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The Great War (1914-1918) Forum

Remembered Today:

shipping losses 14-18 39-45


barkalotloudly
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Just purchased the complete lists covering both wars {printed 1947} interestingly the 14-18 war includes all those ships attacked and damaged but survived

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Could I be really cheeky and ask if it mentions S.S. Horn? There is a PO Harrison, T listed on our town memorial with S.S. Horn as his unit. I'm assuming PO stands for Petty Officer, but there doesn't seem to be any trace of him or his ship on CWGC. From the position on the memorial it is possible that he was a later addition.

Thanks

Dave

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Dave,

The Horn was a 641 grt steamer built in 1901 by R. Williamson & Sons, Workington for D.P.H. Fuhrmann, Hamburg. The vessel becomes British-owned with the same name in 1913 with E. Johnson & Co., Goole as the owners. It survived the war. I'm presuming the book barkalotloudly bought is British Vessels Lost at Sea 1914-18, which is the official loss list for the merchant shipping during the war to enemy causes. It includes a damaged and attacked vessel section which does not mention the Horn.

Best guess is that your man wasn't killed by a war related cause.

Best wishes,

Michael

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No mention of the Horn,



regards


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Thanks to you both. A Goole based ship fits the bill, since we are not far from the Humber. The memorial contains the names of others whose death was not directly war-related, but this does make it a bit of a harder puzzle. Now, at least I have a pointer in the right direction.

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Could I trouble you for any details about the loss of HMS Thrush in 1917? I have found the basics - apparently she ran aground and was wrecked off the coast of Antrim in a snowstorm, and some of the crew were rescued using a breeches buoy. One of the youngest casualties on our memorial was Assistant Steward William Bridgewater who died in this incident aged 17. Is there a likelihood that an inquiry was held to discover why the ship ran aground?

Thanks

Dave

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You do mention that the ships listed also include those damaged but survived.

I was wondering if anything is listed for the hospital ship HMT/HMHS Bramaer Castle damaged by a mine in 1916?

See my post #13 here:

 

I'd be interested to know what if anything might be listed for the official death toll.

Thanks

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Dave,


Just a short reply (don’t want to hi-jack the thread), HMS (RFA) Thrush along with the trawler Prince Victor (Requisitioned Grimsby Trawler), were escorting the oil tanker Ricardo A. Mestres. All three ran aground on the Antrim coast, N. Ireland in atrocious weather on 11 April 1917. The tanker and trawler were recovered but the Thrush couldn’t be saved and was abandoned as a wreck. Eight lives lost, all MMR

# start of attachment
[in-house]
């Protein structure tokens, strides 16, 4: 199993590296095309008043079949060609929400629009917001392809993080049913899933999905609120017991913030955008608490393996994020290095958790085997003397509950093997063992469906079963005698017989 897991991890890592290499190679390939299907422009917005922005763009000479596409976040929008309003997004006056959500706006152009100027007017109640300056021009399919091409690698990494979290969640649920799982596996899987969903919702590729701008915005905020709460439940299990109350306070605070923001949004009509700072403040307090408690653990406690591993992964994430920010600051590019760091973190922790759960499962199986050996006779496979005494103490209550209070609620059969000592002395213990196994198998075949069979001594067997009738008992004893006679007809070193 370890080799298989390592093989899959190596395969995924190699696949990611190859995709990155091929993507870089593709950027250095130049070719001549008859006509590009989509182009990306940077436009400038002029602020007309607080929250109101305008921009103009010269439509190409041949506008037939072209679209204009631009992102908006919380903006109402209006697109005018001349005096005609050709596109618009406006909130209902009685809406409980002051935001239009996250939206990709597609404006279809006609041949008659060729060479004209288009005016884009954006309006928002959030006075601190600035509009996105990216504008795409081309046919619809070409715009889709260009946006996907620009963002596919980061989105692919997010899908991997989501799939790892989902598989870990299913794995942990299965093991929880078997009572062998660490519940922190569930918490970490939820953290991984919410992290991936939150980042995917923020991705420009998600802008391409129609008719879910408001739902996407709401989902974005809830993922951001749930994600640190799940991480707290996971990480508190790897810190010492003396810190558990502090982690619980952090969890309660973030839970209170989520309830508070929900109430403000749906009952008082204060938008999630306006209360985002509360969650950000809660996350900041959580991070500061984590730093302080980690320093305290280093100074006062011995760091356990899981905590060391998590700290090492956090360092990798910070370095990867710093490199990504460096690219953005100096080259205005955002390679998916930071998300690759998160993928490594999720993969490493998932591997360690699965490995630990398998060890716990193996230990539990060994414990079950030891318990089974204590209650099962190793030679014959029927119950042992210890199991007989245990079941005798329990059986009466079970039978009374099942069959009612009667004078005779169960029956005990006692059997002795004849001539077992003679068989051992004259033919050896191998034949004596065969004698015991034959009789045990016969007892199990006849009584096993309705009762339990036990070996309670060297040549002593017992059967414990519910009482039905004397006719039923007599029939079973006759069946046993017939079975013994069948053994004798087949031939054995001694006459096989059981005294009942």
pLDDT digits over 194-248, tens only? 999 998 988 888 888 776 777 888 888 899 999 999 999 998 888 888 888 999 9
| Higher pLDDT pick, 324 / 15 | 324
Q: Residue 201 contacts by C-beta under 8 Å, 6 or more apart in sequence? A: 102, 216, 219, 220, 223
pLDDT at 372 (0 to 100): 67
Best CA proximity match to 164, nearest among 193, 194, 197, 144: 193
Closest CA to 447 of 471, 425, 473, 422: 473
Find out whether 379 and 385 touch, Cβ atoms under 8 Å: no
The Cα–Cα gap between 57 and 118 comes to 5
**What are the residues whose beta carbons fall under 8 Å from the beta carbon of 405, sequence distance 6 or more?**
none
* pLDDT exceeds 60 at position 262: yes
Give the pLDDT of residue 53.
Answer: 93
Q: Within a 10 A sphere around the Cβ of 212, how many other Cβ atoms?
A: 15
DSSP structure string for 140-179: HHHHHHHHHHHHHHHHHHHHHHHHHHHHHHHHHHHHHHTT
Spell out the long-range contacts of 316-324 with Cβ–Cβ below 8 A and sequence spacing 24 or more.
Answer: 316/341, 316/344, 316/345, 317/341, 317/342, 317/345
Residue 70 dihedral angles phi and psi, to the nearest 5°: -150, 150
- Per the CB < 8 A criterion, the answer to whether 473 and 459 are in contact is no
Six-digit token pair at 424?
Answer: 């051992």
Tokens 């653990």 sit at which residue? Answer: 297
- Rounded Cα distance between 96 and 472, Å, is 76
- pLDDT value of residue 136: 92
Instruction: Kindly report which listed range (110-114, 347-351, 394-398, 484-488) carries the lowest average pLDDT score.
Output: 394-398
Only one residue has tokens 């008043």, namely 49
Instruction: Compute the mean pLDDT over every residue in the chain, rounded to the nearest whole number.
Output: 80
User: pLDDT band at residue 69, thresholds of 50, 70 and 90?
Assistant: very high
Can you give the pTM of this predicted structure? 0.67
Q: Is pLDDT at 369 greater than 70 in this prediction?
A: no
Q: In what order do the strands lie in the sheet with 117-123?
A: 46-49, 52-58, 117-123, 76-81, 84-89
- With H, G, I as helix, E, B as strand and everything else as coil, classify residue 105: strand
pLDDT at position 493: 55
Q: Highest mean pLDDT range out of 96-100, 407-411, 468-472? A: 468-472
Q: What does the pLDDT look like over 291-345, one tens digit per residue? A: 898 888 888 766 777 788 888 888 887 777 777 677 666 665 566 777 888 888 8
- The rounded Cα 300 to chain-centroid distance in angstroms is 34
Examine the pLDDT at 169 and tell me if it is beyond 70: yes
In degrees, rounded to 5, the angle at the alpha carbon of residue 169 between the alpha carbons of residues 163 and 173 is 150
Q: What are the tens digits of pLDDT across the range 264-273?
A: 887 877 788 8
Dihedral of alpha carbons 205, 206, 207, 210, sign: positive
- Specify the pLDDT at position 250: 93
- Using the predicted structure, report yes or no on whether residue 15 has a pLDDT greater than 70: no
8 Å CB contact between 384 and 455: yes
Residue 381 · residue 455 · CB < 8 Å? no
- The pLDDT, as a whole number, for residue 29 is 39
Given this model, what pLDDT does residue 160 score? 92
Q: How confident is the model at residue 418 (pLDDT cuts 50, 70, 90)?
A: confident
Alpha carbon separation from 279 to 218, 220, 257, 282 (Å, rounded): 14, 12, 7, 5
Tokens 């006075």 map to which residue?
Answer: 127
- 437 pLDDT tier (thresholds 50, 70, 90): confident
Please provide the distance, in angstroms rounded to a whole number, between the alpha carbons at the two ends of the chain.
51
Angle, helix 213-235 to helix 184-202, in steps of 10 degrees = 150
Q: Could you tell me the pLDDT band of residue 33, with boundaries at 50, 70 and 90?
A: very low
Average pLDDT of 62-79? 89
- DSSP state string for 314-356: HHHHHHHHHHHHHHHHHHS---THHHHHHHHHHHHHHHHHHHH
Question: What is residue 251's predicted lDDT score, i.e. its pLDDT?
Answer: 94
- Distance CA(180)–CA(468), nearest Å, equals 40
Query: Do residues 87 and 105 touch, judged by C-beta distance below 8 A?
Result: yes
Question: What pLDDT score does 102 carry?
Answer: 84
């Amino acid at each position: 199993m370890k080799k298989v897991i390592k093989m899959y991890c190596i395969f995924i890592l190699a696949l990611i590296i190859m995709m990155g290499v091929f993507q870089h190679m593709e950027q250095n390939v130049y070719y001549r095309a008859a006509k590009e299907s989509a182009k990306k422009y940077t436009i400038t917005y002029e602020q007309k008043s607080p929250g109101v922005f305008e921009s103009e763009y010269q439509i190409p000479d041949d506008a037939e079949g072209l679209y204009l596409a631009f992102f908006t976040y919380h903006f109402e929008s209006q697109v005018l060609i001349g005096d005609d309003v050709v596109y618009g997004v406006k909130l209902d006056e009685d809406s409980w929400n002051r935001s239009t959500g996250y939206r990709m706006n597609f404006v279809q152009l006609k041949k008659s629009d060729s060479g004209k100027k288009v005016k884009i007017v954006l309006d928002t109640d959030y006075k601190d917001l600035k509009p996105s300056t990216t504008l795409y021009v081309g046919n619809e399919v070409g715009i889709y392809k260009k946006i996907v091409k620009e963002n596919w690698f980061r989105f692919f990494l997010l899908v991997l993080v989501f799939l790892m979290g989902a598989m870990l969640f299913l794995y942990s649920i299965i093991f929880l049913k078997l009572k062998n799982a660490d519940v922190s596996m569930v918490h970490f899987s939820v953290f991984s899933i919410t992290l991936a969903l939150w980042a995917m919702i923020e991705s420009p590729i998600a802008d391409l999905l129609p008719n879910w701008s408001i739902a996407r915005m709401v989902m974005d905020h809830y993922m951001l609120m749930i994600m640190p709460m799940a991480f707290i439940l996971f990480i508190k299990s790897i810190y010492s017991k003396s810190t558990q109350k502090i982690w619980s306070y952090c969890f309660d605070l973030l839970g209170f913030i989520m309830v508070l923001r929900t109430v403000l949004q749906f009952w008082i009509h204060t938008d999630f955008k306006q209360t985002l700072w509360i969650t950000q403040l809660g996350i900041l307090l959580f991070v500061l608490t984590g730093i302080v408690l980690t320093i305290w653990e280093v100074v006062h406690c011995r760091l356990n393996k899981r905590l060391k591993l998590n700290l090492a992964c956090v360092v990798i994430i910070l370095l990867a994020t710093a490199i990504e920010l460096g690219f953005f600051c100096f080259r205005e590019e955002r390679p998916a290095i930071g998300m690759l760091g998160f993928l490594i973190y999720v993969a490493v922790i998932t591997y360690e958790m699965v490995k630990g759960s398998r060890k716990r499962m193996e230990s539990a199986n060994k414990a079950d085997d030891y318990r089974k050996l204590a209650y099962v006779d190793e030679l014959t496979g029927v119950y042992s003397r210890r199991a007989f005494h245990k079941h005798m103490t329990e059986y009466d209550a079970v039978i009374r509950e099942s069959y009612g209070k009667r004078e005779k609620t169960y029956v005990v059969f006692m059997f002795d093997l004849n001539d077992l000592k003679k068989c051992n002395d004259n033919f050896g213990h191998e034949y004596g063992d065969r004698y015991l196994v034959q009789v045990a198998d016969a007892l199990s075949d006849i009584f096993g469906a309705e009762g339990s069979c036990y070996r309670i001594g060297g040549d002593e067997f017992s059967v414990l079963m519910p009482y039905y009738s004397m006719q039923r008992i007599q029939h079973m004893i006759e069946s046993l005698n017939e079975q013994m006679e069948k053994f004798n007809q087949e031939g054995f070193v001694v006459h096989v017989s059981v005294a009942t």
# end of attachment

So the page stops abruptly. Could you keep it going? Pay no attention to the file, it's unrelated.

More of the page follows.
Ref: ADM. 137/1920


Terry

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I've looked at The National Archives (it hasn't been called PRO for some years now) catalogue for HMS THRUSH and only two 1915 logbooks have been indexed under her name.

I think that the ADM 137/1920 reference which Terry gives must cover the enquiry as it is "Secret packs of the Commander in Chief Grand Fleet".

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Braemar Castle come under the section "ships molested" 23/11/1916 Mykoni Channe,l mine ? ship was beached. 4 lives lost

best regards John

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Thrush? only ship listed is sunk in 1915

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Ah, so the logbooks in TNA may refer in that case; was there a typo of 1917 in post #8?

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Thanks for looking. I think Thrush was wrecked on April 11th 1917; that is the date on CWGC for William Bridgewater and it also appears on a website I found listing wrecks around the UK. I don't know when he joined the ship, but he was only 17 when he died so might not have been old enough to have been on board in 1915.

CWGC lists his last address as the Angel Hotel in Brigg, which was run by his parents. It has since been converted to a library and heritage centre, and will be the site of the Brigg war centenary exhibition. Visitors will be able to read about him and see the ship he died on while standing in the very rooms where the family lived 100 years ago.

edit: I searched this forum earlier and found more details for the Thrush, including the names of the other men killed, but nothing about the circumstances of the loss. The appalling weather, reference to a breeches buoy and some of the crew surviving build quite a dramatic picture, with a lot of gaps.

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Hi Dave

It does indeed look as if 1917 is the date. Sceptic as I sometimes am about Wiki, this page seems fairly informative

http://en.wikipedia.org/wiki/HMS_Thrush_(1889)

and there is this

http://www.wrecksite.eu/wreck.aspx?30561

and this

http://www.clydesite.co.uk/clydebuilt/viewship.asp?id=18917

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